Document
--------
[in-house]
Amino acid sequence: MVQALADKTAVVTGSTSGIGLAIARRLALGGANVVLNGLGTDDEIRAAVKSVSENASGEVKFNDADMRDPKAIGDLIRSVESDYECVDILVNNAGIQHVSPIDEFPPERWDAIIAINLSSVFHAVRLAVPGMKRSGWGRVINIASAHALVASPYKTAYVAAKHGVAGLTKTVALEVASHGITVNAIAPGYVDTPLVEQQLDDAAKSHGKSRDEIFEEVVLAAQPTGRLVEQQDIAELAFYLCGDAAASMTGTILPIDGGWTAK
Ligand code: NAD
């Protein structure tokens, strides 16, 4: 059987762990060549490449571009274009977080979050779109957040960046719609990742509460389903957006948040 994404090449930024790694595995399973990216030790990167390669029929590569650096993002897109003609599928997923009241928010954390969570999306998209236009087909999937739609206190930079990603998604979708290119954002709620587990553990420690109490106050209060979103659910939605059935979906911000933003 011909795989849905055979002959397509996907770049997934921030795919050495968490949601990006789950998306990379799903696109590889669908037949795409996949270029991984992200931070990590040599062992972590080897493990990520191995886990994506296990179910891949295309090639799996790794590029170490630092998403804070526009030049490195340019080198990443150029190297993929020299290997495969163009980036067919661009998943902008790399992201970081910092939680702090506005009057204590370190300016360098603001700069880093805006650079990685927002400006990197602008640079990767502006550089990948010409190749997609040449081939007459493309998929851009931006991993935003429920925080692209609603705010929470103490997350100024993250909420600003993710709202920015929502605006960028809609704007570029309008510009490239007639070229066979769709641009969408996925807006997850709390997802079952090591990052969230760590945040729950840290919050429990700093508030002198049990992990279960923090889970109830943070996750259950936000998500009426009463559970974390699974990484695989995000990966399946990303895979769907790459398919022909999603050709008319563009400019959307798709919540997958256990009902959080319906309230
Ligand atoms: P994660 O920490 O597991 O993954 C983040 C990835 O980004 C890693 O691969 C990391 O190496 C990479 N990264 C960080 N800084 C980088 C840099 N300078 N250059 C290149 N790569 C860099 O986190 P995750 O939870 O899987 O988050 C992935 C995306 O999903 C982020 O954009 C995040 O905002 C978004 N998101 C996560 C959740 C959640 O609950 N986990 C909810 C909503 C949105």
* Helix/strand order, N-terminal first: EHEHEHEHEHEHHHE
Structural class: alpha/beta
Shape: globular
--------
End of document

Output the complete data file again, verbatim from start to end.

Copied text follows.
[in-house]
Amino acid sequence: MVQALADKTAVVTGSTSGIGLAIARRLALGGANVVLNGLGTDDEIRAAVKSVSENASGEVKFNDADMRDPKAIGDLIRSVESDYECVDILVNNAGIQHVSPIDEFPPERWDAIIAINLSSVFHAVRLAVPGMKRSGWGRVINIASAHALVASPYKTAYVAAKHGVAGLTKTVALEVASHGITVNAIAPGYVDTPLVEQQLDDAAKSHGKSRDEIFEEVVLAAQPTGRLVEQQDIAELAFYLCGDAAASMTGTILPIDGGWTAK
Ligand code: NAD
């Protein structure tokens, strides 16, 4: 059987762990060549490449571009274009977080979050779109957040960046719609990742509460389903957006948040 994404090449930024790694595995399973990216030790990167390669029929590569650096993002897109003609599928997923009241928010954390969570999306998209236009087909999937739609206190930079990603998604979708290119954002709620587990553990420690109490106050209060979103659910939605059935979906911000933003 011909795989849905055979002959397509996907770049997934921030795919050495968490949601990006789950998306990379799903696109590889669908037949795409996949270029991984992200931070990590040599062992972590080897493990990520191995886990994506296990179910891949295309090639799996790794590029170490630092998403804070526009030049490195340019080198990443150029190297993929020299290997495969163009980036067919661009998943902008790399992201970081910092939680702090506005009057204590370190300016360098603001700069880093805006650079990685927002400006990197602008640079990767502006550089990948010409190749997609040449081939007459493309998929851009931006991993935003429920925080692209609603705010929470103490997350100024993250909420600003993710709202920015929502605006960028809609704007570029309008510009490239007639070229066979769709641009969408996925807006997850709390997802079952090591990052969230760590945040729950840290919050429990700093508030002198049990992990279960923090889970109830943070996750259950936000998500009426009463559970974390699974990484695989995000990966399946990303895979769907790459398919022909999603050709008319563009400019959307798709919540997958256990009902959080319906309230
Ligand atoms: P994660 O920490 O597991 O993954 C983040 C990835 O980004 C890693 O691969 C990391 O190496 C990479 N990264 C960080 N800084 C980088 C840099 N300078 N250059 C290149 N790569 C860099 O986190 P995750 O939870 O899987 O988050 C992935 C995306 O999903 C982020 O954009 C995040 O905002 C978004 N998101 C996560 C959740 C959640 O609950 N986990 C909810 C909503 C949105």
* Helix/strand order, N-terminal first: EHEHEHEHEHEHHHE
Structural class: alpha/beta
Shape: globular